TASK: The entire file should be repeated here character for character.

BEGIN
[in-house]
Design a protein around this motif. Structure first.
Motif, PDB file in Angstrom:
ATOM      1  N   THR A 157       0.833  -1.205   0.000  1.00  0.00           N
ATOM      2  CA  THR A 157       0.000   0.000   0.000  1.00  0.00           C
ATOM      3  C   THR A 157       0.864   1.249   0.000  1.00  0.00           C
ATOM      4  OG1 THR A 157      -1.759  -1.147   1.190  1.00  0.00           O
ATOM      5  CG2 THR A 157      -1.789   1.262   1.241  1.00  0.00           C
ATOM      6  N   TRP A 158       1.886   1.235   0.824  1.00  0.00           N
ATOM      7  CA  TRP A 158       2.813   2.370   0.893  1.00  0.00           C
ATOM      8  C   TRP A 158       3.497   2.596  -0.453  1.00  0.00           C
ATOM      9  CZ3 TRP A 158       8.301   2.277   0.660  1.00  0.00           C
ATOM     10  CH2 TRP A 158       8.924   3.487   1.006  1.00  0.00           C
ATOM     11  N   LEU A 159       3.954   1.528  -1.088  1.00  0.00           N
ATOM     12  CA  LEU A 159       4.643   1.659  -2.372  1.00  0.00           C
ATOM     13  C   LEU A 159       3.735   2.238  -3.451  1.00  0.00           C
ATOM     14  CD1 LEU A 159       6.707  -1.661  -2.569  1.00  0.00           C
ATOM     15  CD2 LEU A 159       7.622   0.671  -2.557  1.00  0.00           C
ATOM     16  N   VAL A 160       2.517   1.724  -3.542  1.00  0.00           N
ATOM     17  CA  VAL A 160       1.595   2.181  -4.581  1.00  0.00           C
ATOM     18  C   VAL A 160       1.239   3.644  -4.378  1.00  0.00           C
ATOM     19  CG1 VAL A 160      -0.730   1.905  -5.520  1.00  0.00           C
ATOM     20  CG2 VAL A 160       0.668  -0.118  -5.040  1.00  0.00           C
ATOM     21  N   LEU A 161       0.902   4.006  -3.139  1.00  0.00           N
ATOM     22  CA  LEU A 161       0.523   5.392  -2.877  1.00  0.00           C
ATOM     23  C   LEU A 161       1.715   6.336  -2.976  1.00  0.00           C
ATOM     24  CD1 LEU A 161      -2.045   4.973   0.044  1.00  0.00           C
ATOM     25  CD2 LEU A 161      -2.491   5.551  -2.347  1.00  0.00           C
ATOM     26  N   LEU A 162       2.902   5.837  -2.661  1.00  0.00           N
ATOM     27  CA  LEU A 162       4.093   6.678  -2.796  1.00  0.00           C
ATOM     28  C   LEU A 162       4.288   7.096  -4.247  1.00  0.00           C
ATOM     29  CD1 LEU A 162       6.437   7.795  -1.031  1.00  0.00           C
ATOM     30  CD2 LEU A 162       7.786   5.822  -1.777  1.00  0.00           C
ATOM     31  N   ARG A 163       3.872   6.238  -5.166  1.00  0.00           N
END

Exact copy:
[in-house]
Design a protein around this motif. Structure first.
Motif, PDB file in Angstrom:
ATOM      1  N   THR A 157       0.833  -1.205   0.000  1.00  0.00           N
ATOM      2  CA  THR A 157       0.000   0.000   0.000  1.00  0.00           C
ATOM      3  C   THR A 157       0.864   1.249   0.000  1.00  0.00           C
ATOM      4  OG1 THR A 157      -1.759  -1.147   1.190  1.00  0.00           O
ATOM      5  CG2 THR A 157      -1.789   1.262   1.241  1.00  0.00           C
ATOM      6  N   TRP A 158       1.886   1.235   0.824  1.00  0.00           N
ATOM      7  CA  TRP A 158       2.813   2.370   0.893  1.00  0.00           C
ATOM      8  C   TRP A 158       3.497   2.596  -0.453  1.00  0.00           C
ATOM      9  CZ3 TRP A 158       8.301   2.277   0.660  1.00  0.00           C
ATOM     10  CH2 TRP A 158       8.924   3.487   1.006  1.00  0.00           C
ATOM     11  N   LEU A 159       3.954   1.528  -1.088  1.00  0.00           N
ATOM     12  CA  LEU A 159       4.643   1.659  -2.372  1.00  0.00           C
ATOM     13  C   LEU A 159       3.735   2.238  -3.451  1.00  0.00           C
ATOM     14  CD1 LEU A 159       6.707  -1.661  -2.569  1.00  0.00           C
ATOM     15  CD2 LEU A 159       7.622   0.671  -2.557  1.00  0.00           C
ATOM     16  N   VAL A 160       2.517   1.724  -3.542  1.00  0.00           N
ATOM     17  CA  VAL A 160       1.595   2.181  -4.581  1.00  0.00           C
ATOM     18  C   VAL A 160       1.239   3.644  -4.378  1.00  0.00           C
ATOM     19  CG1 VAL A 160      -0.730   1.905  -5.520  1.00  0.00           C
ATOM     20  CG2 VAL A 160       0.668  -0.118  -5.040  1.00  0.00           C
ATOM     21  N   LEU A 161       0.902   4.006  -3.139  1.00  0.00           N
ATOM     22  CA  LEU A 161       0.523   5.392  -2.877  1.00  0.00           C
ATOM     23  C   LEU A 161       1.715   6.336  -2.976  1.00  0.00           C
ATOM     24  CD1 LEU A 161      -2.045   4.973   0.044  1.00  0.00           C
ATOM     25  CD2 LEU A 161      -2.491   5.551  -2.347  1.00  0.00           C
ATOM     26  N   LEU A 162       2.902   5.837  -2.661  1.00  0.00           N
ATOM     27  CA  LEU A 162       4.093   6.678  -2.796  1.00  0.00           C
ATOM     28  C   LEU A 162       4.288   7.096  -4.247  1.00  0.00           C
ATOM     29  CD1 LEU A 162       6.437   7.795  -1.031  1.00  0.00           C
ATOM     30  CD2 LEU A 162       7.786   5.822  -1.777  1.00  0.00           C
ATOM     31  N   ARG A 163       3.872   6.238  -5.166  1.00  0.00           N